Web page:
A Leftist View of the Uprising
The interview with Jordan Camp in “Urban Rebellions Then and Now,” begins with the assertions that “the masses no longer believe what they once believed” and that elites have “lost their legitimacy,” surviving only by the use of force.
I’m not certain the “masses,” beyond youth, are now ready for rebellion, nor do I think the elite class has completely lost its legitimacy, but I sense both statements have the possibility of becoming true.
In the interview, Mr. Camp recognizes, as historian Dr. Heather Ann Richardson does in How the South Won the Civil War: Oligarchy, Democracy, and the Continuing Fight for the Soul of America, that the battle is against an oligarchy, but Mr. Camp generalizes the oligarchy to the ruling elites of contemporary America, while Dr. Richardson limits her analysis to the American South.
Dr. Richardson also implicitly recognizes class, but Mr. Camp uses class as a central component of his argument. And he incorporates race in ways many on the left do not; as Bernie Sanders’ recent campaign illustrates, class, not race, is the typical focus of the left.
Mr. Camp, however, combines race and class into a powerful tool of analysis that is found primarily among certain Black activists, those within the tradition of W.E.B Dubois and Malcolm X, and which is represented in contemporary America by Angela Davis and the writers at the Hampton Institute.
The current uprising has begun to chip away at the Pillars of Support for existing systems of power. Those pillars (popularized by the Serbian Otpor! movement) include:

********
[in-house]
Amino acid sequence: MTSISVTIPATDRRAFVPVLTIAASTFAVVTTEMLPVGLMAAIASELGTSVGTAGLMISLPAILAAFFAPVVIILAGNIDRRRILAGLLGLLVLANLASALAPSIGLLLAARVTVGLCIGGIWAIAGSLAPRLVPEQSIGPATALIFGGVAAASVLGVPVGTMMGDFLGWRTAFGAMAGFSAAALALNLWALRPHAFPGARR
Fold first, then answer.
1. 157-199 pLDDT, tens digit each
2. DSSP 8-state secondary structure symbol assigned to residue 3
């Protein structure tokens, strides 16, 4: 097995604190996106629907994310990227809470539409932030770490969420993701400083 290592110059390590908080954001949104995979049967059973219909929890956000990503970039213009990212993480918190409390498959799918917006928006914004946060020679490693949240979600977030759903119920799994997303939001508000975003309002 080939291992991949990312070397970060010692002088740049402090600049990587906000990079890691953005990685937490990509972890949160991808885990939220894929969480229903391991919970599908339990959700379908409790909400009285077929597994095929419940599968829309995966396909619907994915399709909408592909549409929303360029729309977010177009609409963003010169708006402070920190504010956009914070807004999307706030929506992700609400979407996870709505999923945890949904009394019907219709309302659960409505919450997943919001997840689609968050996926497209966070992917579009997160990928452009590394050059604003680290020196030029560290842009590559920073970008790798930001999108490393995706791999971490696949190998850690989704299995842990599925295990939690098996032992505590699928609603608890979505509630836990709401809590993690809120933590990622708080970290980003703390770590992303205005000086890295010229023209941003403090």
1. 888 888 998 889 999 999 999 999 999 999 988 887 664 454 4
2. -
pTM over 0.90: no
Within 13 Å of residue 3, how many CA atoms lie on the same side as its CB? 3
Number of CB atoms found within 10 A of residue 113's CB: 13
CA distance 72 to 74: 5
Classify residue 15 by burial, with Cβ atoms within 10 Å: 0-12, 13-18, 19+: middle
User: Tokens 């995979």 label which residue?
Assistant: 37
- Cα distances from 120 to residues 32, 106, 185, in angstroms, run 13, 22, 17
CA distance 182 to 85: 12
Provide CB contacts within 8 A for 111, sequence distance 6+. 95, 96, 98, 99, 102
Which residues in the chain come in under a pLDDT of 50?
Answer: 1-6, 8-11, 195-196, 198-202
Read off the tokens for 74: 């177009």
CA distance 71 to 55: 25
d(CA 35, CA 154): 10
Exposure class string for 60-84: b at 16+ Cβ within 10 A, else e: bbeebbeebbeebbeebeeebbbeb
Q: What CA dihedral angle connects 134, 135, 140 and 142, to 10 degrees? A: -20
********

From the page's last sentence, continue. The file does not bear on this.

3. The Education System
4. Public Officials and Workers
5. Religious Institutions
6. Business Institutions and Labor Unions
The current rising has eroded each of these pillars, breaking away people from the institutions of elite power (repression).
Antonio Gramsci’s “cultural hegemony” is important for understanding how elites may be defeated in our present environment. The cultural hegemony established by elites must be rejected by the “masses” for a rebellion is to be successful.
This includes a range of beliefs about who wields legitimate power, who receives the rewards of the economic system, and what the aims of government should be. The “morbid symptoms” (Gramsci’s phrase) of capitalism are laid bare by grotesque inequality, skyrocketing unemployment, and the failure of the market system to prepare for, or respond to, the COVID-19 pandemic.
The Poor People’s Campaign, led by the Rev. Dr. William Barber II and the Rev. Dr. Liz Theoharis, is a revival of the moral battle for justice led by Martin Luther King Jr. The Poor People’s Campaign has the moral power and organizational coherence to strip away the pretenses of the political and economic elites. Black Lives Matter and other groups, including veterans, labor unions, and socialists, have the willingness to confront power in the streets. Each time these groups are repressed by the police, the elites lose legitimacy.
For additional perspective, it’s also useful to read Waging Nonviolence’s analysis of the successes of the rising.
From the interview:
“The current moment we’re living through is what the Italian Marxist theorist Antonio Gramsci referred to as a “crisis of legitimacy,” or a “crisis of authority.” The ruling class has lost its consensus; it’s no longer “leading” but [it is still] “dominant, exercising coercive force alone.” This means that the masses have become detached from their traditional ideologies; they no longer believe what they used to.
“There are certain moments when struggle intensifies, when the legitimacy crisis deepens, and previously separate forces merge. These moments are very unpredictable. In my judgment they offer a unique opportunity to understand the structure of the economic system that we live in. They also help us understand how forces of opposition can chart a path out of the crisis.”